The Rocket is a fill-in-the-blank exercise in feel-good exotica. It features not one, but two wounded and spunky kids; a couple of colorful, albeit flawed adults; and careful dollops of tragedy and joy all tied together by the deeply human story of marginalized people—in this case, Laotians whose village is in the flood zone for a dam project. (The film is an Australian production, though filmed in Laos with Laotian actors.) Hardships are carefully calibrated to be worrisome and tear-jerking, but not so overwhelming as to put the happy ending out of reach, or for that matter, to mar the protagonists’ photogenic qualities.
The film has its merits: Writer-director Kim Mordaunt knows his genre; he lines the tropes up in order, and dispatches them with facility. He’s helped by generally high-quality acting. Alice Keohavong sparkles with charisma as the loving, stubborn mother Mali; her removal from the film comes with a brutal wrench, orchestrated with a virtuoso timing worthy of Spielberg. Character actors Bunsri Yindi (as cantankerous grandma Taitok) and Thep Phongam (as the unconventional, James Brown-obsessed Uncle Purple) mug effectively, while the child actors (Sitthiphon Disamoe as Ahlo and Loungnam Kaosainam as Kia) turn in professionally adorable performances. The plot flows smoothly but eventfully from tragedy and dispossession through salvation, achieved by a combination of personal achievement and cinematic pixie dust. Sumrit Warin as Toma has the range of a damp fish, but Mordaunt has cleverly cast him in a role in which that’s exactly what is called for.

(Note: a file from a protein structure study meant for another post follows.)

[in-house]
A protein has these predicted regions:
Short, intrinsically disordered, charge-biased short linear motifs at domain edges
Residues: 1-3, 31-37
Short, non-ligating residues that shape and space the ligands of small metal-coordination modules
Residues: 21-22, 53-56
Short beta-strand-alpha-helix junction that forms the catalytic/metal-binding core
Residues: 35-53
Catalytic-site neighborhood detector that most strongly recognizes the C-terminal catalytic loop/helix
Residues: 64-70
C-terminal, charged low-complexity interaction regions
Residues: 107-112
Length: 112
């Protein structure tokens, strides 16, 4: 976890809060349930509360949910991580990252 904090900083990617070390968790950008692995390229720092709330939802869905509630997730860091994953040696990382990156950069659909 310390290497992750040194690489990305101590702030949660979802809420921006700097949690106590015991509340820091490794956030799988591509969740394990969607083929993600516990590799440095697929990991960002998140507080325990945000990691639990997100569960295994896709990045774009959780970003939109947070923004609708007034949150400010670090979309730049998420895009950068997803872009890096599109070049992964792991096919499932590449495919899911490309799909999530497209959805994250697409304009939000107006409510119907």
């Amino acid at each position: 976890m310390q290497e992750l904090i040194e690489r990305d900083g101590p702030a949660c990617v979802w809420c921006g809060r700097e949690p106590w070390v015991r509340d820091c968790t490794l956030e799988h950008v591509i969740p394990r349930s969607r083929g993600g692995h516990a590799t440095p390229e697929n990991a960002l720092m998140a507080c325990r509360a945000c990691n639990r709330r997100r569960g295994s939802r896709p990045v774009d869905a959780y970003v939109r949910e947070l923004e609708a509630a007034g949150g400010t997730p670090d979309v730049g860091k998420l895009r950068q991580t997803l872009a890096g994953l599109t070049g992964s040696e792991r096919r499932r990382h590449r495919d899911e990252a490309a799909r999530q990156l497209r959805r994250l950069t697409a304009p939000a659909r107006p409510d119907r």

In short, Mordaunt is a canny, intelligent filmmaker. He shows this not only by fulfilling genre expectations, but in his treatment of his material. A story about people forced off their land by a dam could easily turn into a rant against progress, but Mordaunt dodges that pitfall. Tradition in The Rocket has its virtues, but also its downsides. Ahlo was born with a stillborn baby sibling, and has to struggle for much of the film under traditional prejudices against twins. The problem with the dam isn’t so much that it’s “progress,” but rather that the corrupt, uncaring government doesn’t share its benefits (electricity, money) with the people it displaces. Ahlo gets money and food by robbing shrines, which suggests his rootlessness, but also raises questions about traditions that privilege the needs of the dead over those of the living. And Ahlo’s final, inevitable triumph involves mastering rockets, an old yet still up-to-date technology. Moreover, he relies for his success on the knowledge that Uncle Purple gained while fighting with American forces.
Ultimately, though, Mordaunt’s obvious intelligence, and the cast’s talent, just make The Rocket more frustrating. Difficult ambiguities are brought up only to be drowned by the remorseless imperative for Hollywood joy, showered upon the characters from above like the concluding miraculous rainfall, or like the waters that swamp their abandoned village. The Rocket is a well-constructed delivery system for sparkly cheer, but it lacks a more substantial payload.